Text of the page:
Jewish World Review Dec. 14, 1999 /5 Teves, 5760
The motley anti-globalist claque that runs from Ralph Nader on the left to Pat Buchanan on the right has been emboldened by the double trouble in Seattle -- the collapse of world trade talks and the disorder in the streets.
The coalition argues inconsistently that the WTO is a too-powerful world government-in-the-making that overturns U.S. laws and poses a danger to U.S. sovereignty -- and at the same time isn't strong enough to impose U.S.-style labor, environmental, human rights and trading standards on other nations, such as China.
No matter, the WTO took a battering in Seattle and, next, it will be under challenge in Congress, with the public more confused than ever about free trade -- partly thanks to a formerly stalwart President Clinton waffling on the issue.
While mildly condemning violence in Seattle, Clinton sympathized with anti-WTO demonstrators, said the WTO had to invite them in to listen to their concerns and said the United States might impose trade "sanctions" for labor rights violations.
When WTO negotiators failed to reach agreement on terms for a new round of world trade talks, Clinton pulled the United States out of the discussions, triggering their collapse. Now labor unions and environmentalists -- often at odds on growth issues -- have been inspired to put pressure on Democrats in Congress to block new trade agreements or demand provisions that may poison negotiations.
On the Republican side, ultra-nationalists and the anti-China lobby are marginally stronger, but more important is the growing suspicion that Clinton isn't reliable as a free trader.
It's still likely that Congress will approve permanent normal trade relations for China so it can join the WTO, but the effort will require an all-out campaign by business groups and the White House. There will probably be a bigger fight than anyone expected on the vote to renew U.S. membership in the WTO. And fast-track negotiating authority for the president may not even come up again next year. Meantime, trade could emerge as more of a contentious issue in the presidential race, with Vice President Al Gore moving to appease the unions and environmentalists and Texas Gov. George W. Bush (R) preaching a pure free-trade gospel.
Gore argues that labor and environmental safeguards ought to be included as enforceable items in the body of any future trade agreements -- not as side agreements -- a stance that may make it more difficult to reach agreement with foreign nations and to win GOP support in Congress.
Bush contends that countries will raise their own labor and environmental standards as they get richer as a natural consequence of free trade.
Bush aides say that if he'd been asked about the Seattle events during Monday night's GOP debate in Arizona, he would have criticized Clinton for making the WTO meeting such a high-profile affair without pre-negotiating a successful result.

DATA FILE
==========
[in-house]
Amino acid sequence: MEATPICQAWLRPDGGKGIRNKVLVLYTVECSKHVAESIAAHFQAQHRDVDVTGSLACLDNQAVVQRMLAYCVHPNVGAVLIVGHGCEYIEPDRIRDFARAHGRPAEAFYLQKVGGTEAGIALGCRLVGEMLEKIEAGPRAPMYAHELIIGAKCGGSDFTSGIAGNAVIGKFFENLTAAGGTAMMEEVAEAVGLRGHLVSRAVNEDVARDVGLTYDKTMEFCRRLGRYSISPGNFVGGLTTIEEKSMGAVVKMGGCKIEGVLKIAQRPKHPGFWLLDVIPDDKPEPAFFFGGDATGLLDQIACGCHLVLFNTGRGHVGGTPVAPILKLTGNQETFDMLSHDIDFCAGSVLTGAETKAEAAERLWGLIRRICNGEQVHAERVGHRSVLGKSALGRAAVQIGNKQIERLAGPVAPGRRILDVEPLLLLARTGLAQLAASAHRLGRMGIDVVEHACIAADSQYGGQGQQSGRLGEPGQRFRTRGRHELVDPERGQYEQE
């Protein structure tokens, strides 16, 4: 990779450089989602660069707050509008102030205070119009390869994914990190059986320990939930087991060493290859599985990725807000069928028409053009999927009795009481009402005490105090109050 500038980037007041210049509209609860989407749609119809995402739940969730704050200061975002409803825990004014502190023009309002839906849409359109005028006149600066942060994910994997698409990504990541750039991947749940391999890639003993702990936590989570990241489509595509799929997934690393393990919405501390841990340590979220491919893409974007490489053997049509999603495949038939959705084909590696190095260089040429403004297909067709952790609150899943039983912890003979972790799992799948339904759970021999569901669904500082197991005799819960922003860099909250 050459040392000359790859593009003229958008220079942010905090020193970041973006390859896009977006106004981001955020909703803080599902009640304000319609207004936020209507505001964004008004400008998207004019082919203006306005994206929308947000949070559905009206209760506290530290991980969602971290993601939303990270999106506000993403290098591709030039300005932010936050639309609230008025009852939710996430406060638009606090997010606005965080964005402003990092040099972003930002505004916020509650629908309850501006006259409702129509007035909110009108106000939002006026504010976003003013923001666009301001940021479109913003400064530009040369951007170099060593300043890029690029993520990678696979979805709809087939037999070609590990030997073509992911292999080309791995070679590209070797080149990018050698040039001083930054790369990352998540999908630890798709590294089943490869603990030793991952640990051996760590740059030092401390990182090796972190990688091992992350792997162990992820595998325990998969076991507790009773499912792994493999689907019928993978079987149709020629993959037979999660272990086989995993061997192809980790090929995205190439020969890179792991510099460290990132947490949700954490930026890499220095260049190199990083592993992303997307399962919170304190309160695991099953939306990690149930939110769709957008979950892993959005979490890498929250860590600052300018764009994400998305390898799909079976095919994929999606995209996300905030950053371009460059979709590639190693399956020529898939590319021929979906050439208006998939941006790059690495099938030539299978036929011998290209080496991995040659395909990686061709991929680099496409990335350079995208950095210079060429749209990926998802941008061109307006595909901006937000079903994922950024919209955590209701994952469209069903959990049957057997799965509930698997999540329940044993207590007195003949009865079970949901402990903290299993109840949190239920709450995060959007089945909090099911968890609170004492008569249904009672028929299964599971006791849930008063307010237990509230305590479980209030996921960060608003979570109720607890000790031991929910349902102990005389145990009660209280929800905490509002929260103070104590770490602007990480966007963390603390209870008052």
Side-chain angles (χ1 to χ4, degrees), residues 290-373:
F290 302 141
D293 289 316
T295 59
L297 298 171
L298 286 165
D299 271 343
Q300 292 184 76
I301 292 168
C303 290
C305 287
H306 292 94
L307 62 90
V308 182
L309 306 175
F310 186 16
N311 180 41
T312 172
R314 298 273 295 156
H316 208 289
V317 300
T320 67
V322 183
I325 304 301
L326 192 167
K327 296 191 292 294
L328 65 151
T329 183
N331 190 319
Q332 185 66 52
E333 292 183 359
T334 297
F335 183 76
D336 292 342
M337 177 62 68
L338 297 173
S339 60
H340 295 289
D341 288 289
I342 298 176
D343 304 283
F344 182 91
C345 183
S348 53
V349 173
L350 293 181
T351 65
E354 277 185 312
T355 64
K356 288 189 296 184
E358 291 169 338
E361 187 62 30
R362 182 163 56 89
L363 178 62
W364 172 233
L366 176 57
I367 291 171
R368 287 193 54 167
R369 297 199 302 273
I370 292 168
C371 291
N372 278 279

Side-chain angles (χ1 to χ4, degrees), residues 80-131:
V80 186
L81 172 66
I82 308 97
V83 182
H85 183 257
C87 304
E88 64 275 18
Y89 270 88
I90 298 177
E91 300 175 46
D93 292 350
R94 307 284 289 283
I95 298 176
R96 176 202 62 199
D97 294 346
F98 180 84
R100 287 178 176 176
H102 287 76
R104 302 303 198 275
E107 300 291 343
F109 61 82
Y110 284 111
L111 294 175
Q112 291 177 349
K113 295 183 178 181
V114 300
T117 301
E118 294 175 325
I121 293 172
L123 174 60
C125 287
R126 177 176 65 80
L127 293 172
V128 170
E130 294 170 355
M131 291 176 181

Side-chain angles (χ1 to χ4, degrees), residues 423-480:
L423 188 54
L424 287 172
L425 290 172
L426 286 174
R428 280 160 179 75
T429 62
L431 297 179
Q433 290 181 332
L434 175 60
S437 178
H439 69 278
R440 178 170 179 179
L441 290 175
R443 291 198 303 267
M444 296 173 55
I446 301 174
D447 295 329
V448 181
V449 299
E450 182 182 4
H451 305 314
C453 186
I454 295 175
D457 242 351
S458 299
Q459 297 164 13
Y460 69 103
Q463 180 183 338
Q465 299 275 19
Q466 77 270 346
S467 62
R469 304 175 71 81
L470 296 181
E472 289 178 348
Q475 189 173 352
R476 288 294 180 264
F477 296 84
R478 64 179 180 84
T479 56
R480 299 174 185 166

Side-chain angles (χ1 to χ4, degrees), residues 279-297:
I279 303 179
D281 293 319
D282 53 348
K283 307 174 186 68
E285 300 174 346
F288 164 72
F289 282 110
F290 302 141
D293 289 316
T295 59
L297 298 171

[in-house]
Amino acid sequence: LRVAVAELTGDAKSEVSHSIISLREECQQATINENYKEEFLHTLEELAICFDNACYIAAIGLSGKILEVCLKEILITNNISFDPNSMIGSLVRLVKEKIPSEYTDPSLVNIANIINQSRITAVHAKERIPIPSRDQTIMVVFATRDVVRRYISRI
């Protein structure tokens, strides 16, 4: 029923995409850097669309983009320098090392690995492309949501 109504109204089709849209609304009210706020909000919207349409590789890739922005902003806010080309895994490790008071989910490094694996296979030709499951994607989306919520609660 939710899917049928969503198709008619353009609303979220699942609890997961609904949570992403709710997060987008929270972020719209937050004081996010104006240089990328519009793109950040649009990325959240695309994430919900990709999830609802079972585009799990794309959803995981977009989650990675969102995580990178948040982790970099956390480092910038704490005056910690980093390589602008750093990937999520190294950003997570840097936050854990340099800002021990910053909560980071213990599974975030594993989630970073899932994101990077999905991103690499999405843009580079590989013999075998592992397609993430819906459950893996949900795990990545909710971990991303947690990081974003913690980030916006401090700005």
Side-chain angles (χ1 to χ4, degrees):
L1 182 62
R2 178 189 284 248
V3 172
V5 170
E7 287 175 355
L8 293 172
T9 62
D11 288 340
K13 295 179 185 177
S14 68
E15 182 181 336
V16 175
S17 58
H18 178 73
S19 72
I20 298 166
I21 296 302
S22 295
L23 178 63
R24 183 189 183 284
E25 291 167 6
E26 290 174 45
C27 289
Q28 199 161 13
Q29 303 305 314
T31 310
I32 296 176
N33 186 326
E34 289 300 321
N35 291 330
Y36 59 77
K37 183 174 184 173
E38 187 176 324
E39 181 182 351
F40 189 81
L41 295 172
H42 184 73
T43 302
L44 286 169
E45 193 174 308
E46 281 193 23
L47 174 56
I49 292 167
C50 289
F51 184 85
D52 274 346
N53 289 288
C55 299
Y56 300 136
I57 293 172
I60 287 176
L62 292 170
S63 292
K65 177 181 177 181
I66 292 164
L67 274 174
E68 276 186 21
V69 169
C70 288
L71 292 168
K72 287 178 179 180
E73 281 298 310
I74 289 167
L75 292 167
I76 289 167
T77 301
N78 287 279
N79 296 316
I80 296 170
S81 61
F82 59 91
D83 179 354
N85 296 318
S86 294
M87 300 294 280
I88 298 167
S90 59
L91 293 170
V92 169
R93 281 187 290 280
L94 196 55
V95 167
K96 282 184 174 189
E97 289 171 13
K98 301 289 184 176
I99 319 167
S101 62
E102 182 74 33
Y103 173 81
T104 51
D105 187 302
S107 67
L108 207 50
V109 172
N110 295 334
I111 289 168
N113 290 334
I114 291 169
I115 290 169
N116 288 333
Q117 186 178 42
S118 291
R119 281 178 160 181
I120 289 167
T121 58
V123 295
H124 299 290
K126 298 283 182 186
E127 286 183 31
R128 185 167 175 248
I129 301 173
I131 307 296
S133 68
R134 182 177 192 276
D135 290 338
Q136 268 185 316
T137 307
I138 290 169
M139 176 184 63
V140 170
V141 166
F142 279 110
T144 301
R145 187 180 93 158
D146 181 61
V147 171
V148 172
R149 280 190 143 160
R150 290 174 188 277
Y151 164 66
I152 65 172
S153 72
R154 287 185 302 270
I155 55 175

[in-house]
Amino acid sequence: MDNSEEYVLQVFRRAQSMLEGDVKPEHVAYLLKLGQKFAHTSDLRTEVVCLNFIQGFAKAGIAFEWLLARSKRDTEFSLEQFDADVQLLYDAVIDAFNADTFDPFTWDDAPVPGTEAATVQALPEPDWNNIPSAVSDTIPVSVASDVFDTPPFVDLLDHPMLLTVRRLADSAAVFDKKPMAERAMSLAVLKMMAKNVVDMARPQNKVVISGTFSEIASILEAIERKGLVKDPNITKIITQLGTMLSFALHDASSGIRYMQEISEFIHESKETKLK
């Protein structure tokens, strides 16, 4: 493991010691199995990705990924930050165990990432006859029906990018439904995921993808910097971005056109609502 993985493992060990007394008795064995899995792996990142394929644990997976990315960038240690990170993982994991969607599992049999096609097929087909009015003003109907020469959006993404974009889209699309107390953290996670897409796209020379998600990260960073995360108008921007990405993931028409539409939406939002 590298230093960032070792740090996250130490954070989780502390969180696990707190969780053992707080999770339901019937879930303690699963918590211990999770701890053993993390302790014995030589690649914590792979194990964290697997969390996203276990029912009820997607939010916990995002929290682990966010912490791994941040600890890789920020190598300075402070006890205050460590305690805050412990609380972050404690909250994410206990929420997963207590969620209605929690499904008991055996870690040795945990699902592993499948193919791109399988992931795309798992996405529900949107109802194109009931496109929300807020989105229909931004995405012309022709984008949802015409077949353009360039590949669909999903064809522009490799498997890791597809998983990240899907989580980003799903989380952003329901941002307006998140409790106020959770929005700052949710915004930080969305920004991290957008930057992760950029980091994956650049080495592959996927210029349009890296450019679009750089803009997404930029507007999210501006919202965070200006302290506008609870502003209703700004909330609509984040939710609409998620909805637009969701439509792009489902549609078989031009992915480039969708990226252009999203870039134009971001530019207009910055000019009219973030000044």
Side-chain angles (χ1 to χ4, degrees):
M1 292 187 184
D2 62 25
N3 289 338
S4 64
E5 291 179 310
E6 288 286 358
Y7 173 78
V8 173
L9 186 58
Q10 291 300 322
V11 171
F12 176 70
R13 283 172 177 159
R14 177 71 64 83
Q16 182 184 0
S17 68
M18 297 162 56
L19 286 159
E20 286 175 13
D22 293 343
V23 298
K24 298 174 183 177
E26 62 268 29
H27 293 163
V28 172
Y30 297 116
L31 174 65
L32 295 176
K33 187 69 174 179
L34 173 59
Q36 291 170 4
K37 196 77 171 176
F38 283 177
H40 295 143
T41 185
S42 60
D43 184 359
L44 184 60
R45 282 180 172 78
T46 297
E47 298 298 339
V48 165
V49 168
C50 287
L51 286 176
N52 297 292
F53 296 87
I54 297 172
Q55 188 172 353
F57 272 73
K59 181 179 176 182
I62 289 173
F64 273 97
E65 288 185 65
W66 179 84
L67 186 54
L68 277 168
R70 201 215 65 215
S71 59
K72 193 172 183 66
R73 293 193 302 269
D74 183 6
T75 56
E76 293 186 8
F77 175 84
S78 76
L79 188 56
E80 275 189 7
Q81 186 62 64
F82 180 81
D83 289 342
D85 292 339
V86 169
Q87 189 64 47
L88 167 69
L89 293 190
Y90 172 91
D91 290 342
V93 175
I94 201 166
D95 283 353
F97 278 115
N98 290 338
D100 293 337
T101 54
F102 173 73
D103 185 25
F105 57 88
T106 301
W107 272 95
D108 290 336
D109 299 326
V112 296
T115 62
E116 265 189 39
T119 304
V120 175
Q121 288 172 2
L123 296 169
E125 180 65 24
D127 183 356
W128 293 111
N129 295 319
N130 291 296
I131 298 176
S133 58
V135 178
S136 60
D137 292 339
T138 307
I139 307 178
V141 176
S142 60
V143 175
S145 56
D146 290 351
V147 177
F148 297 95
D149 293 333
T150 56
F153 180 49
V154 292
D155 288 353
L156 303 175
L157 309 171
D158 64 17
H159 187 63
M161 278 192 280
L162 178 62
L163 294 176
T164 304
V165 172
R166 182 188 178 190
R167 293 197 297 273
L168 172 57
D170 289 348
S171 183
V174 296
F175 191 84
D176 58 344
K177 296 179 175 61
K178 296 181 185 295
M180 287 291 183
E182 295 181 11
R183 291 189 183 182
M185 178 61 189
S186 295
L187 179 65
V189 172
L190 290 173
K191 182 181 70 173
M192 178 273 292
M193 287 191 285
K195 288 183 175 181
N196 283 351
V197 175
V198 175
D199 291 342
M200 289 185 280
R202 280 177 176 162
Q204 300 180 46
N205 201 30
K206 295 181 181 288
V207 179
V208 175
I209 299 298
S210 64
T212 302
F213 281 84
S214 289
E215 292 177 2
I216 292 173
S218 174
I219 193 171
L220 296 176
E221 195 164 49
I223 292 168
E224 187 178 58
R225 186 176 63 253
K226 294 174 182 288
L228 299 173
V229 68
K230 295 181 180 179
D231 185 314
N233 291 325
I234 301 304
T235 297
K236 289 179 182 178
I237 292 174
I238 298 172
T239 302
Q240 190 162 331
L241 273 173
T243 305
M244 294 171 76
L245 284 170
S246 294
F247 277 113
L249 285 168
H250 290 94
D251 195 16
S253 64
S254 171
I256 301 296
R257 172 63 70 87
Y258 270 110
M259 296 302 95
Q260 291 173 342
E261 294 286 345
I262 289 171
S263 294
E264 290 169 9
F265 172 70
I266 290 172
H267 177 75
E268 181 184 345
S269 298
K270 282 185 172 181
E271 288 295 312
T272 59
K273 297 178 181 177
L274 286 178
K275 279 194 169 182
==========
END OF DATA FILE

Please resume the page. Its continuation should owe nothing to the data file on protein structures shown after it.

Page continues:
Also, the aides said, he would have accused Clinton of being "either cynical or dumb" for "undermining the possibility of an agreement" by offending developing nations with a threat of trade "sanctions" over labor conditions.
White House aides say Clinton was speaking merely "in an aspirational way" when he used the word "sanctions," but developing nations heard it as a threat to punish them for not living up to U.S. standards on working conditions and child labor.
One Bush foreign policy adviser, former State Department official Robert Zoellick, said, "I don't believe Clinton was speaking off the top of his head. I believe he was playing to John Sweeney," president of the AFL-CIO.
"He had thrown a bone to the business community," Zoellick said, referring to Clinton's agreement on admitting China into WTO. "Now this was his bone to labor.
"My question is, at what point can we expect this guy to act like a president instead of somebody running for office? This was mere pandering to labor and the greens to help Al Gore."
Clinton defenders, including pro-trade New Democrats, say that his campaign for "globalism with a human face" is designed as a "third way" policy between the protectionism of labor and the laissez faire advocated by Bush and other free traders.
His idea, they say, is to reform the WTO and to start it talking about issues such as labor rights and environmental protection without allowing those considerations to block trade.
But Zoellick said, "The danger is this: Clinton's spinners say about Seattle that `no agreement is better than a bad agreement.' But a bad agreement is likely to be defined in Congress and the media as any agreement that doesn't have labor and environment in it.
"The developing world will see that as a threat to its ability to progress and won't go along. And Republicans in Congress know the provisions will be used for protectionism."
"I'd say we've just lost bipartisanism on trade," Zoellick said. That's indeed a danger -- unless Clinton moves quickly to repair the damage he's helped
12/10/99: Gore won GOP 'debate' in N.H.